hello all , ive been making quite a few necks, and experimenting with different heel shapes and shaping teqhniques. Im interested in how others do it so I can get a broader perspective on how its done out there . my biggest bummer is most of the necks i do are two pieces of 3/4 inch x 1 1/2 glued together for the neck and body/heel portion. and when done shaping the heel there will remain a thin glue line .
Also please post up procedure pics if available thanks in advance .
I just re read this - when you say about cutting into the neck, well that's exactly what you need to do... by the time I have finished shaping a neck I have usually taken quite a bit of material off the original depth of the neck blank. Once I am happy with the shape of the heel and 'shoulders' and have rounded over the sides I use a spokeshave to take a little off the thickness of the neck before rounding everything over with a rasp.
ELLwood let me sr if i can get a heel shot like scotts, so you can see what im talking about .
I think your transition between heel and neck is fine. One thing I have done is to use a totally different color wood for the heel so the transition is obvious....don't try to hide it. I have used Walnut heel and Oak or maple neck.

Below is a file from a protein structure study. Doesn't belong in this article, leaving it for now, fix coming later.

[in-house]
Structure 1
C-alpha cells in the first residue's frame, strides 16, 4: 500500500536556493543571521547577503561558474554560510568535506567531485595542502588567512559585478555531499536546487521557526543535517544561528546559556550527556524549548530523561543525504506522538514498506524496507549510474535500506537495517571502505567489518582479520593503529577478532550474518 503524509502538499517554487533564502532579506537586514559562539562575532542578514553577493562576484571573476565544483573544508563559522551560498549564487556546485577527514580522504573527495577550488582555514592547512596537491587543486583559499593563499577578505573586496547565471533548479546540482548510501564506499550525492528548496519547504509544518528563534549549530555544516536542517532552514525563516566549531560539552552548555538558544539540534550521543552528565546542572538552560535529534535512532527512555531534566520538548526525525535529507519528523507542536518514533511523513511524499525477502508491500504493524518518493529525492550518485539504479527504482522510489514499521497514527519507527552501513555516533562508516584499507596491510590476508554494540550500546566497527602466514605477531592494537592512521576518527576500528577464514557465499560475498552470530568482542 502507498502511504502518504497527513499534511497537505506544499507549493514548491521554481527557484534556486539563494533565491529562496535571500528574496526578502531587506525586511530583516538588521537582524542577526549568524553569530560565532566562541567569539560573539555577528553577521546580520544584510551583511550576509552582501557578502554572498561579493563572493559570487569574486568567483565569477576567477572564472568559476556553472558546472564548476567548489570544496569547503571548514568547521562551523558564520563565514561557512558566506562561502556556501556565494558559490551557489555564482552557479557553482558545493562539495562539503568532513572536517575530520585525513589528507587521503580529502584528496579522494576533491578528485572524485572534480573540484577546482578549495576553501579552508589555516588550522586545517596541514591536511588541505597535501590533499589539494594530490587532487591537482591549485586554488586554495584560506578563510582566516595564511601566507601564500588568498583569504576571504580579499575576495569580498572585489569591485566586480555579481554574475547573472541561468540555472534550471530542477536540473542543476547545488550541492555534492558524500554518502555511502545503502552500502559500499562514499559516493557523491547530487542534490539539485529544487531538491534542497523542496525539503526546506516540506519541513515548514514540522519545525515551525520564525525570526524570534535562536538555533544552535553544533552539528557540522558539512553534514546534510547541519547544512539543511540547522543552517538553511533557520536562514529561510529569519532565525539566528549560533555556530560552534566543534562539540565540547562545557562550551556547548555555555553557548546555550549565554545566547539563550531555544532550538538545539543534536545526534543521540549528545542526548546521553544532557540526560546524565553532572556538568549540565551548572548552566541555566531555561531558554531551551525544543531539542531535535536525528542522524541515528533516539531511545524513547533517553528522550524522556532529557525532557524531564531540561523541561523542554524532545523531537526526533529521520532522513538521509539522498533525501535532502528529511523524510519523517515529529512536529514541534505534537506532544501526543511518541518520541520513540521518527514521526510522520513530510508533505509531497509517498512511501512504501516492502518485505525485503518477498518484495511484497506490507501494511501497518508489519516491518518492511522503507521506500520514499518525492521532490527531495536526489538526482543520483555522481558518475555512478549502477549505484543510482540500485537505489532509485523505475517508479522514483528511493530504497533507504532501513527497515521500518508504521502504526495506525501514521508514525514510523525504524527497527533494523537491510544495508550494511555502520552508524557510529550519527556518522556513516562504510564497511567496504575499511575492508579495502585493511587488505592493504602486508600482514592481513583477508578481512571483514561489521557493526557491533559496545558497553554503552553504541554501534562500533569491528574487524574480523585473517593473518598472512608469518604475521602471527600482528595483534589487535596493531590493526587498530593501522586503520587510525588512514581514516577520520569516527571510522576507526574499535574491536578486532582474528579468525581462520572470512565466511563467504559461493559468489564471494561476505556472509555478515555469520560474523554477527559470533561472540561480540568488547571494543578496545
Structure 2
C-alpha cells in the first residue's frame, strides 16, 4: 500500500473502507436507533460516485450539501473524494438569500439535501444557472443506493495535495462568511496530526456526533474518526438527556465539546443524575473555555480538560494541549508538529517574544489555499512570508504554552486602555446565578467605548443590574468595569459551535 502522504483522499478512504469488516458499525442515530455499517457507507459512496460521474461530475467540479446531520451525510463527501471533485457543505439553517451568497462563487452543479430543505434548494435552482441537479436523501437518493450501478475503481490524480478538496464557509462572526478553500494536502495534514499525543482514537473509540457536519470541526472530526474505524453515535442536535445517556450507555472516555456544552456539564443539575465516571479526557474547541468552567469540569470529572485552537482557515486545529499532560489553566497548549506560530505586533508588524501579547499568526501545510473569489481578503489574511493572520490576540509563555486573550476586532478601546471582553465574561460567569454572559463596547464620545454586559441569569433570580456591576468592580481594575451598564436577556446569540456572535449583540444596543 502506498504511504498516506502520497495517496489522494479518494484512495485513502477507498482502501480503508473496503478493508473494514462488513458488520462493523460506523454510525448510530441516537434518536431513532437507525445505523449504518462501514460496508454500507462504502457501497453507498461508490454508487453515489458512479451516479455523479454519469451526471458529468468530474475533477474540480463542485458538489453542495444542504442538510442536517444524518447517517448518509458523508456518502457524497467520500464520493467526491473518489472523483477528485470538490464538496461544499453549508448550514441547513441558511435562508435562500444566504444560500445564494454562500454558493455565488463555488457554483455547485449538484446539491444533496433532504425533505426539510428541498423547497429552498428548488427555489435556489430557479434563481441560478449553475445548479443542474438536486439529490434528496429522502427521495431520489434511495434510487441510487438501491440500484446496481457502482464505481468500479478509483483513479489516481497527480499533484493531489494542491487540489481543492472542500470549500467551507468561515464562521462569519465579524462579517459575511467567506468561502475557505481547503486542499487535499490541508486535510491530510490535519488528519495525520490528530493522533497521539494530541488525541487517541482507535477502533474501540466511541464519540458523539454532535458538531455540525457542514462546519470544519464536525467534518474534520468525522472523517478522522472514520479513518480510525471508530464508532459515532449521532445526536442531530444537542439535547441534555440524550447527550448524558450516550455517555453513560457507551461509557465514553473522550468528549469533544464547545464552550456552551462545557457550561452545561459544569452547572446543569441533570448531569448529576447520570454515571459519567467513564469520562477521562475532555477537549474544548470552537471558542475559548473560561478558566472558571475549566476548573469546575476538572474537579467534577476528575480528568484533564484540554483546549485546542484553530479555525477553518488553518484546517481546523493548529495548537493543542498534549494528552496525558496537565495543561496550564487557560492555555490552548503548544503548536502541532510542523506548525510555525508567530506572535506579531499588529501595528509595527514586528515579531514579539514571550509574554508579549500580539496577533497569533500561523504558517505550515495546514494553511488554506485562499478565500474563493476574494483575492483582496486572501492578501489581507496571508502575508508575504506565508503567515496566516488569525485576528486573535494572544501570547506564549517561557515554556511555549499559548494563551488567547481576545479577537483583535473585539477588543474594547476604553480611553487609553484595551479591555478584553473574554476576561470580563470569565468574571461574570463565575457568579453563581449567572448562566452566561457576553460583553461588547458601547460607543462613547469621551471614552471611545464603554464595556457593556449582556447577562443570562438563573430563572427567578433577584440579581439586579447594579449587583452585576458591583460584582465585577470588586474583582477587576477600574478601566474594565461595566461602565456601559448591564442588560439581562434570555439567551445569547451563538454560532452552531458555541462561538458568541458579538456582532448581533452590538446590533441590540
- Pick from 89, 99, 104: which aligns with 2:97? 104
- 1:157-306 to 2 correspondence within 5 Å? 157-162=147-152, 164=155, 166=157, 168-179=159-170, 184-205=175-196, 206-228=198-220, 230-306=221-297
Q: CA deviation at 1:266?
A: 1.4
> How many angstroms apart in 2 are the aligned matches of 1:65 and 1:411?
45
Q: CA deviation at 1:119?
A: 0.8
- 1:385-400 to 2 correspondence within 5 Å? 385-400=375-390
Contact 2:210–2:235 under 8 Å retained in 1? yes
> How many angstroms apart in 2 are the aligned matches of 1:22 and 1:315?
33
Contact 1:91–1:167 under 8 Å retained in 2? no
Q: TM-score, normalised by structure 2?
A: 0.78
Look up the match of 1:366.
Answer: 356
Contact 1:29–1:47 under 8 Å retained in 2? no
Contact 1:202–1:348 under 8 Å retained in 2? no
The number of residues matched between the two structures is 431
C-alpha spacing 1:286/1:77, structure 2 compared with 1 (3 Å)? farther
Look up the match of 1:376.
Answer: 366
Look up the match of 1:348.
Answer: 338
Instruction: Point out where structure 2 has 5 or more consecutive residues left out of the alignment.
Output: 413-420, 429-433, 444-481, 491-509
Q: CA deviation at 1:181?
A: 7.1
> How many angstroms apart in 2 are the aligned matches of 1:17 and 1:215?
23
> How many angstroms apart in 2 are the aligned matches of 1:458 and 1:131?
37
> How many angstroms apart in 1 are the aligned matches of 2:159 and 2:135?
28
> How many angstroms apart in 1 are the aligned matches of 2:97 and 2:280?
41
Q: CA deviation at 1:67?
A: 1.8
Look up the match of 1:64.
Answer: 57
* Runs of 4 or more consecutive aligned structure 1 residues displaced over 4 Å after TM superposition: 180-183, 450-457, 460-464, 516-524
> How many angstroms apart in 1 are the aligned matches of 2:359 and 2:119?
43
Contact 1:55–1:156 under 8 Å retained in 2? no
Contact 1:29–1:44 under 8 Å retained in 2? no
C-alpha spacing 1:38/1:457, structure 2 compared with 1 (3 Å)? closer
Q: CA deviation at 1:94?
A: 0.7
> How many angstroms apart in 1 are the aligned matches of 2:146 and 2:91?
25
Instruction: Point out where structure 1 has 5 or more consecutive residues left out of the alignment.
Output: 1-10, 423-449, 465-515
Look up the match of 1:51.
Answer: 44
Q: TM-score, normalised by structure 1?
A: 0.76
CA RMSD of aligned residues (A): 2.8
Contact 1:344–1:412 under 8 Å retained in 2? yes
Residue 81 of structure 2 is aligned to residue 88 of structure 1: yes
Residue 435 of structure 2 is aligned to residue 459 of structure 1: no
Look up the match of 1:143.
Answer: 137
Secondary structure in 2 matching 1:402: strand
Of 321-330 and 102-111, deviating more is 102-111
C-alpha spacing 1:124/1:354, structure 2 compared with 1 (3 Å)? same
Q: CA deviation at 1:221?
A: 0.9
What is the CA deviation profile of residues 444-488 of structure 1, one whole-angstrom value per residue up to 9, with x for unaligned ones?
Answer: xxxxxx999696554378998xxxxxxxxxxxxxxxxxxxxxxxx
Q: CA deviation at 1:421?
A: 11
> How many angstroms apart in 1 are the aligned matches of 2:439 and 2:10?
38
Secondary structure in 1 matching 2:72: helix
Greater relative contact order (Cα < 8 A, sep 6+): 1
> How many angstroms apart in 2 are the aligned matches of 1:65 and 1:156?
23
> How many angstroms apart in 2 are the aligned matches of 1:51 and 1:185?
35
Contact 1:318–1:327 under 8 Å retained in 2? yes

I also make some ukes with Douglas fir laminated necks and heels. The joints are barely visible.
Ok, as promised, a couple of pictures. Like I said it looks like we make our necks pretty much the same way. I glue 2 pieces from the same length of wood, reversing the grain, the use a mitre box to make a 45 degree cut where the heel will slope down towards the neck. This isn't strictly necessary but as I use rasps to shape the heel it cuts down on time a bit. I then use a half round rasp to fully blend the 2 pieces together, so none of the original outer boundaries of the 2 pieces are visible, if that makes sense?